Navigation Assessment

So, the 2nd of these articles about the team’s assessments.

Navigation and communication skills. One of our seasoned campaigners has laid out a series of control points (CPs) which we have to individually navigate our way around. It’s an old school nav challenge, using map/compass and skill only, satmaps and GPS gadgets are strictly banned. Yes, we use them to make life easier on callouts, of course we do, but the old fashioned skills are still important. It’s one of the very few skills we insist on when people apply to join the team, they must demonstrate their nav to us. We teach the rest.

Needless to say, nav within a rescue team is not simply about following footpaths and tracks on the ground. We have to be able to make our way to a defined point across trackless ground, in any weather conditions, and at any time of day or night. Most of you will be familiar with Ordnance Survey grid references, using an 8 fig grid, plus map sheet code, you can pinpoint any location in the UK to a square 10metres by 10metres. I know John and his nav, he’s very skilled and is not going to make this easy.

The RV, or meeting place, is at the enigmatically named Old Snoopys, which is a layby on the Isle of Skye road.  Nope, not in Scotland.  It’s that other really well known Isle of Skye, the road across Saddleworth moor!

And Old Snoopy, as far as I have been able to work out over my 13 years in the team, was a bloke who used to run a burger van out of the layby. Who hasn’t been there for decades. Not to be confused with New Snoopys, which is where you’ll find the current burger van. Of course, the bloke that runs New Snoopys doesn’t appear to be called Snoopy at all.

Confused? So am I!!

Anyway, I’m given 5 grid refs to plot on my map, and am to make my way to all of them in turn. In total, the distance is only about 3 miles, but the challenge is going to be finding them. With an evil glint in his eye, John tells me I’m looking for an 18” stick in the ground, each of which has a word written on it. I’m to report back by radio as I find each one.

The first one is a spot height, only a short distance from the road, and reasonably easy to reference from a nearby grouse butt. The kicker is the size of the stick. It may well be 18” long, but barely 6” of it are stuck out above the ground. I’m guessing this is going to get harder.

From there, the second one is a stream junction. Not always quite as easy to find on the ground as they should be, and John’s chosen an area where 4 or 5 streams all come together close to each other. No problem though, it’s bang on where I expect it to be.

The third CP is some distance away, but has loads of reference points, there’s a bend in the steepening clough, then a line of grouse butts to follow, the CP being just before another small stream. I’m covering the ground pretty quickly for a non fell runner, and am happy so far.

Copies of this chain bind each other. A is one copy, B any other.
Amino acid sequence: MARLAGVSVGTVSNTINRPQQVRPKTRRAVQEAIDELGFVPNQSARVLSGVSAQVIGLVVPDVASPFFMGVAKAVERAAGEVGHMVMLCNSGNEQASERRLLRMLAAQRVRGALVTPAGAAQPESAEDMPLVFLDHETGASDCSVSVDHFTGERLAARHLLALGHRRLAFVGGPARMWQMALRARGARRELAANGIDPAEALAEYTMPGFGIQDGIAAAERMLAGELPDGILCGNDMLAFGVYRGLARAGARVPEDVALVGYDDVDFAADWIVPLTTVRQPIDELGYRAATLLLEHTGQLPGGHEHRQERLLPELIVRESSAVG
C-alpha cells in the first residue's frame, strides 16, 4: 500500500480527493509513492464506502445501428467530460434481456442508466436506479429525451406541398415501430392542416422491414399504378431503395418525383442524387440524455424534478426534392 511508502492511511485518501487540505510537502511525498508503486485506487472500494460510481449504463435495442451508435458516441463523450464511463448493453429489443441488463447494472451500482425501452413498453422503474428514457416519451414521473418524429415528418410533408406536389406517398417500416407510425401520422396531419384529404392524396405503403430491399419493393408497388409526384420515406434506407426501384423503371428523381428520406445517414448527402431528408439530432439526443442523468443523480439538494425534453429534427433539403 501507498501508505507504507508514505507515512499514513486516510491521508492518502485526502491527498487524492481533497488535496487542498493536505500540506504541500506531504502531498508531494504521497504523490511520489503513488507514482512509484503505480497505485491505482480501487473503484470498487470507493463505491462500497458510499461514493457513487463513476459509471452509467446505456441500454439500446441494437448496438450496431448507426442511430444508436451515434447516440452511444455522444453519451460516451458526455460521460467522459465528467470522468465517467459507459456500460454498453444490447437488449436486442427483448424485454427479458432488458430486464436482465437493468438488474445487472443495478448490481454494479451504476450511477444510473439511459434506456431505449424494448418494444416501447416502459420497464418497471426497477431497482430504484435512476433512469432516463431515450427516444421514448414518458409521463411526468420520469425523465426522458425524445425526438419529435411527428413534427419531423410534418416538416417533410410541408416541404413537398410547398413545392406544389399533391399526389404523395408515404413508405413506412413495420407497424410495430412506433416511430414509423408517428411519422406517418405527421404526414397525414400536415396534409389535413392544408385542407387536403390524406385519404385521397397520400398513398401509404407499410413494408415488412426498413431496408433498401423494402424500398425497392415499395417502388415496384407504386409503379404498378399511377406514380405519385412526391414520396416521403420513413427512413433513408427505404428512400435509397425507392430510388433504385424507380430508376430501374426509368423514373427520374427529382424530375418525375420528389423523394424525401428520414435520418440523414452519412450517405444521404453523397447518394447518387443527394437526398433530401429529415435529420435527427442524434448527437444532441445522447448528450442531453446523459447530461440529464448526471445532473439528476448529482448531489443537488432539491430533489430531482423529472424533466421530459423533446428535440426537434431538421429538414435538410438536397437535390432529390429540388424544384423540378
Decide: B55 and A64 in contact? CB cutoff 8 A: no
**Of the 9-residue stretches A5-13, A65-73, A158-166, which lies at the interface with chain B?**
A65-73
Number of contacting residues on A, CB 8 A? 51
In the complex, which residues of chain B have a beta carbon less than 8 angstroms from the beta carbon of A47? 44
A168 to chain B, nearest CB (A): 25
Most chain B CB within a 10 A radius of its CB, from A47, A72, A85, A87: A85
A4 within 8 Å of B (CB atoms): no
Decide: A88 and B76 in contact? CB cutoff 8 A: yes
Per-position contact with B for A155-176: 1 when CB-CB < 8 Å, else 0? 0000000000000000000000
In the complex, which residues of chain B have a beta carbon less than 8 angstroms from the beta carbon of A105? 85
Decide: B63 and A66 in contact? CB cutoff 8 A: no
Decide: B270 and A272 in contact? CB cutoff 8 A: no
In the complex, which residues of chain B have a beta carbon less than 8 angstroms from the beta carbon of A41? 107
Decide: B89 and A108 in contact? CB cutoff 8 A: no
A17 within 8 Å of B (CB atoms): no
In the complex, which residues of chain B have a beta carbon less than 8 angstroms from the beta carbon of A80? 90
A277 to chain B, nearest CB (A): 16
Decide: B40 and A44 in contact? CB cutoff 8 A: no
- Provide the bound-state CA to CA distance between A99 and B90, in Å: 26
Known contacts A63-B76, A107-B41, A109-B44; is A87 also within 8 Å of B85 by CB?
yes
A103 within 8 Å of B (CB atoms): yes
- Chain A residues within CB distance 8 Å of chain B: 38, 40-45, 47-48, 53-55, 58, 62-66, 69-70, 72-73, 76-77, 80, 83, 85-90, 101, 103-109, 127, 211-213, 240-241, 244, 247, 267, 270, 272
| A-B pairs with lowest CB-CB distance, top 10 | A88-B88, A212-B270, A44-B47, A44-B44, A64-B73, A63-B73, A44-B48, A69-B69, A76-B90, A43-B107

CP number 4 looks like a token easy one, it’s actually on a path!! And just at the side of a little pond. And it turns out to be as easy to find as I expected.

This seems too good to be true, I’ve only been out just over an hour and I’m cruising round, I expected more of a challenge from John.

CP number 5 provides that challenge, with bells on. It’s another spot height. Don’t imagine an alpine like peak, nor even a Lake District summit. Spot heights round here are more likely to be a slightly raised lump of heather, indistinguishable from every other lump of heather for miles around. And on the map, this one looks like it’s going to be a pig to find.

From where I break off the track, I’m looking at walking several hundred metres on a compass bearing, to find a 6” twig. With no points of reference nearby to use to make life easier. We all know how many paces it takes us to cover distances, in my case, having long legs, it’s 50 double paces to 100m, which at least makes the maths part easy. But when I arrive at where I hope to find John’s stick, I’m not confident. Am I at the spot height, or is it just over there? Or maybe it’s over there?

Annoyingly, it’s not where I am. And I can’t find it.

After searching for a few minutes, I eventually return to my last point of reference and try again. And it’s still not where I am.

I radiate a search pattern outwards, taking in every likely looking lump on the ground, and eventually find the blasted stick. My good progress is shot to pieces, I must have taken 30-40 minutes to find this last CP, dammit.

Back to the RV, and as the first person to try this course I give John some feedback. It’s a good course, a real challenge and anybody who completes it definitely knows how to nav. Some of the team are going to have to do this in the dark, and I admit to myself, I’m glad I did mine in daylight.

If any of you reading this fancy yourselves as navigators and would like to have a go at testing yourselves let us know and we will arrange to set up the course again for a few days for you all to have a go at.

In all seriousness, this isn’t a challenge for you if you’re idea of nav is a walk round a local reservoir on a permitted path. If, however, you’re happy on broken ground, and are confident with your compass work, then have a go. Don’t get lost though, if we have to come and look for you, we’ll know what you’ve been up to and we will mock you, I promise!!

If you find the sticks, make a note of the word on each. Email in your answers and we’ll put the correct answers ones into a hat, and have a draw for a small prize. Nothing fancy, probably just some team supporters merchandise, maybe some ‘rescue ale’ if you’re old enough.

There is a theme to all the words, and I don’t think I’m giving anything away by telling you it’s Rolls Royce. Think aeronautical though, not expensive cars.